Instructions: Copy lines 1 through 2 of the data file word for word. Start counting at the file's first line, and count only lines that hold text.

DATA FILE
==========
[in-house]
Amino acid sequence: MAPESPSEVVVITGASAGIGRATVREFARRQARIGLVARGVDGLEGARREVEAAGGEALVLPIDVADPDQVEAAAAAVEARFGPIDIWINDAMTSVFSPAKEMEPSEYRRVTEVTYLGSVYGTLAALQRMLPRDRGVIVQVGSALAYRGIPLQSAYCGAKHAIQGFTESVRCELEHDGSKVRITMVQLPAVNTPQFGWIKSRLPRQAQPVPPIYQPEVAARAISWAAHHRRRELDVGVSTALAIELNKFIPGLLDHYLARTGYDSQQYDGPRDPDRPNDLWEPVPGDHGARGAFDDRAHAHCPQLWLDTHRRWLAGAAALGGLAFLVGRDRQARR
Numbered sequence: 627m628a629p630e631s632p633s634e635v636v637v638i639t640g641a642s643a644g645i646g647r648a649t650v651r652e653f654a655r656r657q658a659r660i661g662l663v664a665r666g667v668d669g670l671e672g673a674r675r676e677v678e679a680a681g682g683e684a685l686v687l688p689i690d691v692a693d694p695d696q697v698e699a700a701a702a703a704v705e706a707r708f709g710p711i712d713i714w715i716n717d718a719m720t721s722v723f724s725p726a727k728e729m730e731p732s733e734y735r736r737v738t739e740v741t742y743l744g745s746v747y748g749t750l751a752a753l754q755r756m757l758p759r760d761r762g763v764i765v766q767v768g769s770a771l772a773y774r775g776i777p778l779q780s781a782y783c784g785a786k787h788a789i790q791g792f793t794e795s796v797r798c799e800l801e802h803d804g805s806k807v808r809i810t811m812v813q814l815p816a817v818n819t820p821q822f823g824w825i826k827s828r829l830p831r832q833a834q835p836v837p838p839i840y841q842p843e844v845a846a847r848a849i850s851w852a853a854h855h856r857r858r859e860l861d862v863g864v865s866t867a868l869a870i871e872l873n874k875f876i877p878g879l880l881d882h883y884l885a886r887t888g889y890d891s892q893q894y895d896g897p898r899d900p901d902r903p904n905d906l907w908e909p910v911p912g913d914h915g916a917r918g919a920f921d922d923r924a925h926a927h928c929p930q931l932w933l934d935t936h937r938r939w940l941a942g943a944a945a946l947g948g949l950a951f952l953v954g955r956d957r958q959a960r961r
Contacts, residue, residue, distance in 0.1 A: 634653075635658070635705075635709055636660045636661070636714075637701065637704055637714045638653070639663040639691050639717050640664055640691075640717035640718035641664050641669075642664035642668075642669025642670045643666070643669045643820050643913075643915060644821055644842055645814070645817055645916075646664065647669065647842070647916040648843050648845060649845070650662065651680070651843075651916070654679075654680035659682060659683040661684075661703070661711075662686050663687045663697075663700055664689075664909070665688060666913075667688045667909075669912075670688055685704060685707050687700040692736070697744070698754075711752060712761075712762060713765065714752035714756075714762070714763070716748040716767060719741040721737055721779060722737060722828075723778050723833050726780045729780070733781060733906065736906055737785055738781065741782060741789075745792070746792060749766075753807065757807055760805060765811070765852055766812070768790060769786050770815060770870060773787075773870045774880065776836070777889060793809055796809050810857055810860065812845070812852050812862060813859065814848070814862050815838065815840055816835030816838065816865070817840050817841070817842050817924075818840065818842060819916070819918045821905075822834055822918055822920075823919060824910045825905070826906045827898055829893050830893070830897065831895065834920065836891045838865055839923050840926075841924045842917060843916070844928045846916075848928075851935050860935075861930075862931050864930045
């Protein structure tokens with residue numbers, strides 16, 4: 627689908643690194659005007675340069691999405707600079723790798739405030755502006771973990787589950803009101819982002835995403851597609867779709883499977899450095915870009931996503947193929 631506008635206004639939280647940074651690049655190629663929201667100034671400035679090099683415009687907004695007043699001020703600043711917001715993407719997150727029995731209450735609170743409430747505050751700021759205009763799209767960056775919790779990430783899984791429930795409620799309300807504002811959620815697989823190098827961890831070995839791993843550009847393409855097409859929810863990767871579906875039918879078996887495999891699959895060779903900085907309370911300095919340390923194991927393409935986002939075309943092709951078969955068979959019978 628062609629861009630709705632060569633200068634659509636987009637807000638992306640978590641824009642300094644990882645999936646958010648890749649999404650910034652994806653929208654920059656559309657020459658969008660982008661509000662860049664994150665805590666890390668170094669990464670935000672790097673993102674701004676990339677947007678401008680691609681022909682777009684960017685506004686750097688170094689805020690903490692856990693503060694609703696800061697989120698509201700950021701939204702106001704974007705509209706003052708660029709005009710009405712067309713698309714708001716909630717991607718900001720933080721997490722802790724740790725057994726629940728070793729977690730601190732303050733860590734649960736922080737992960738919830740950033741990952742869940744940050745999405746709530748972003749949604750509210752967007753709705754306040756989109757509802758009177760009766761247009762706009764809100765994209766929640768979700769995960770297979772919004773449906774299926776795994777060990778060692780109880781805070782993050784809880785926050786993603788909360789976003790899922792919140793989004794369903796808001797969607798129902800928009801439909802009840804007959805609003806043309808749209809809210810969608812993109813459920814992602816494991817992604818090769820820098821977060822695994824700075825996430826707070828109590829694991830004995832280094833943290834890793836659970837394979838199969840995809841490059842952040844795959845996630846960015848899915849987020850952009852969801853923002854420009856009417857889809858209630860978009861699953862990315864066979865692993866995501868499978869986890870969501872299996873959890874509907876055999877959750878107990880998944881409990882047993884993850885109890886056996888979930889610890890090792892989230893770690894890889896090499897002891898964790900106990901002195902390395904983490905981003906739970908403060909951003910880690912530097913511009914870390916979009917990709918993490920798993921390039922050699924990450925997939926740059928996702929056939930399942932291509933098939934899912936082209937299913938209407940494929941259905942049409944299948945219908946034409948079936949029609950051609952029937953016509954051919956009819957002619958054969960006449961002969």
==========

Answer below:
[in-house]
Amino acid sequence: MAPESPSEVVVITGASAGIGRATVREFARRQARIGLVARGVDGLEGARREVEAAGGEALVLPIDVADPDQVEAAAAAVEARFGPIDIWINDAMTSVFSPAKEMEPSEYRRVTEVTYLGSVYGTLAALQRMLPRDRGVIVQVGSALAYRGIPLQSAYCGAKHAIQGFTESVRCELEHDGSKVRITMVQLPAVNTPQFGWIKSRLPRQAQPVPPIYQPEVAARAISWAAHHRRRELDVGVSTALAIELNKFIPGLLDHYLARTGYDSQQYDGPRDPDRPNDLWEPVPGDHGARGAFDDRAHAHCPQLWLDTHRRWLAGAAALGGLAFLVGRDRQARR